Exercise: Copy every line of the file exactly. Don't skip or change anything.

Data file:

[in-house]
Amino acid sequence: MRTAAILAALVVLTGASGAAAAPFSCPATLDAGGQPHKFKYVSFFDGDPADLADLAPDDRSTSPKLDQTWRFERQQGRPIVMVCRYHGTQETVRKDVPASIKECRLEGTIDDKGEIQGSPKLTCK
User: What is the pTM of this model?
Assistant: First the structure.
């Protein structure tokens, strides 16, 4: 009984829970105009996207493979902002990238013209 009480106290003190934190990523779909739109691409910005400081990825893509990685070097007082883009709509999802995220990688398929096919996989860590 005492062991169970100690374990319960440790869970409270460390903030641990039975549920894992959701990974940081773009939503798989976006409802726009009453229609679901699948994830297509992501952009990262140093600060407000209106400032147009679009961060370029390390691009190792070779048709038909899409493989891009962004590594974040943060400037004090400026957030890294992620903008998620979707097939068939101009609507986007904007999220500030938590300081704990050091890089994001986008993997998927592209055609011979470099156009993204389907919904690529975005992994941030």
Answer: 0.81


[in-house]
Amino acid sequence: MRTAAILAALVVLTGASGAAAAPFSCPATLDAGGQPHKFKYVSFFDGDPADLADLAPDDRSTSPKLDQTWRFERQQGRPIVMVCRYHGTQETVRKDVPASIKECRLEGTIDDKGEIQGSPKLTCK
User: What is the pTM of this model?
Assistant: First the structure.
């Protein structure tokens, strides 16, 4: 009984829970105009996207493979902002990238013209 009480106290003190934190990523779909739109691409910005400081990825893509990685070097007082883009709509999802995220990688398929096919996989860590 005492062991169970100690374990319960440790869970409270460390903030641990039975549920894992959701990974940081773009939503798989976006409802726009009453229609679901699948994830297509992501952009990262140093600060407000209106400032147009679009961060370029390390691009190792070779048709038909899409493989891009962004590594974040943060400037004090400026957030890294992620903008998620979707097939068939101009609507986007904007999220500030938590300081704990050091890089994001986008993997998927592209055609011979470099156009993204389907919904690529975005992994941030």
Answer: 0.81